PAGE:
Liberal bias is rampant among the media, but there is no more tangible example of it than in how the media treat Conservative women. The most recent cover of Newsweek features a very wide-eyed Michele Bachmann, looking surprised and unattractive. Perhaps more disturbing is the caption Newsweek placed below the presidential candidate's photo: "Queen of Rage."
Bachmann, an attractive 55 year-old mother of five, is a three term member of the House of Representatives, constitutional conservative and prominent voice of the Tea Party movement. But if you get your information from liberals or the mainstream media, you might know her as 'crazy,' a "zombie" a"phony-ass broad" and a "skank."
If you know anything about Rolling Stone's Matt Taibbi it's that he totally despises conservatives.
In the soon-to-be-released issue of the magazine that actually employs him, Taibbi relentlessly attacked Republican presidential candidate Michele Bachmann as a "bats--t crazy" "political psychopath" with a "gigantic set of burnished titanium Terminator-testicles swinging under her skirt" (illustration by Victor Juhasz):
On Thursday's Newsroom, CNN's Suzanne Malveaux announced that Ian Murphy, the blogger who prank-called Wisconsin Governor Scott Walker by pretending to be billionaire David Koch, was her network's "Most Intriguing Person of the Day." Murphy is the latest liberal hero to receive this designation from CNN.
Malveaux devoted a half-minute segment 21 minutes into the 11 am Eastern hour to the blogger from BuffaloBeast.com, a site co-founded by left-wing Rolling Stone journalist Matt Taibbi:
Appearing as a guest on Thursday’s Countdown show on MSNBC, Matt Taibbi - contributing editor of Rolling Stone magazine - ridiculously accused Republican House Speaker John Boehner and Tea Party activists of racism in the form of using "coded language" to refer to "Mexican immigrants and non-white inner city, Democratic-leaning voters" as he responded to a soundbite of Boehner talking about having a social safety net for those unable to work, but that should perhaps exclude those who refuse to help themselves.
After host Keith Olbermann played a clip of the House Speaker contending, "But do we have a responsibility to help those who won't compete? I would have serious doubts about that," Taibbi found it "amazing" that Boehner "would say it so openly," and went on to suggest that the House Speaker was showing signs of racism, tying in Tea Party activists. Taibbi:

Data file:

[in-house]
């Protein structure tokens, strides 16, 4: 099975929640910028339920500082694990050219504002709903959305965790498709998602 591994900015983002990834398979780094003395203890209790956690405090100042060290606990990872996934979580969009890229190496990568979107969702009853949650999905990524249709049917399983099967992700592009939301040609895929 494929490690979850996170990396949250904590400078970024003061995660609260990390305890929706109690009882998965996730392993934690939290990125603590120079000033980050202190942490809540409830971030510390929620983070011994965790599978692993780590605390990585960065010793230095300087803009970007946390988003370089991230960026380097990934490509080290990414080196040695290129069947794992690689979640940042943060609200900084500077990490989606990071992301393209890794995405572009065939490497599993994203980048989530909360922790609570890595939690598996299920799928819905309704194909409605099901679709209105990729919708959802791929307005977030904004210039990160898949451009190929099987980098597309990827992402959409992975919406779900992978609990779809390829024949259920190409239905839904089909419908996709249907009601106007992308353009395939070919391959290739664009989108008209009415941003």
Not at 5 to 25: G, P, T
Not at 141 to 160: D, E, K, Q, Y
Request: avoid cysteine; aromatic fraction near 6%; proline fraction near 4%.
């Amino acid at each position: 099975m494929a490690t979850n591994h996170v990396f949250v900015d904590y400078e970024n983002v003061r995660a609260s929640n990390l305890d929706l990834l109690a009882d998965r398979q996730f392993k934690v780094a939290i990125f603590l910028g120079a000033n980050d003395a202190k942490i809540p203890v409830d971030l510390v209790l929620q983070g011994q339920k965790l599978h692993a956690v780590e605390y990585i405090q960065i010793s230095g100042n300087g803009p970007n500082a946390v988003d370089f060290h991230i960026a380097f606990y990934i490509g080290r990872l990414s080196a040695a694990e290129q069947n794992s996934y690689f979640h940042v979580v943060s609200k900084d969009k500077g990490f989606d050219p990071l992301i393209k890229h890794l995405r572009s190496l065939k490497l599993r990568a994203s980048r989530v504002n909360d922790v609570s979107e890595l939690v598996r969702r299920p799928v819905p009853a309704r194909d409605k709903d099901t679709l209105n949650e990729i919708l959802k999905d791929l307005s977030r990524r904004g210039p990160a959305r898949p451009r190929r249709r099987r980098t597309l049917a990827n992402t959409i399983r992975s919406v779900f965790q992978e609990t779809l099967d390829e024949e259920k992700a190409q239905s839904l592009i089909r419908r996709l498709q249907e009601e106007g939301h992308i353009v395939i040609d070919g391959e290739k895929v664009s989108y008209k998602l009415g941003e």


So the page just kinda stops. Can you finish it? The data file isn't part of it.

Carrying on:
It's amazing that he would say it so openly, but I know when I go to cover Tea Party events, I almost inevitably end up talking to people who are on Medicare or collecting unemployment insurance or government pensions, but they're railing against government welfare. I say, "Well, do you see any contradiction there?" "No, I deserve this. I work hard. It's those other people."
And we know who they mean when they say "other people." It's Mexican immigrants and non-white, inner city, Democratic-leaning voters. So that's, it's coded language when he uses that kind of language.
CNN's Kathleen Parker and Eliot Spitzer endorsed Matt Taibbi's bashing of conservatives on their Monday program. Spitzer marveled over the Rolling Stone editor's "brilliant" label of the Tea Party as "15 million pissed-off white people sent chasing after Mexicans on Medicaid." This was the second straight evening that the network brought on an anti-conservative author to promote their latest work.
The two hosts devoted 12 straight and uninterrupted minutes during the first half of the 8 pm Eastern hour to their interview of Taibbi. Parker mentioned Taibbi's new book, "Griftopia: Bubble Machines, Vampire Squids and a Long Con that is Breaking America," in her introduction of the author and labeled it "a scathing and often hilarious account of the financial crisis...it's hard to make the financial crisis funny, but you did that successfully." She continue by quoting one of the writer's attacks on Sarah Palin: "I want to read you a description that you wrote of Sarah Palin. You called her a 'narcissistic money-grubbing hack.'"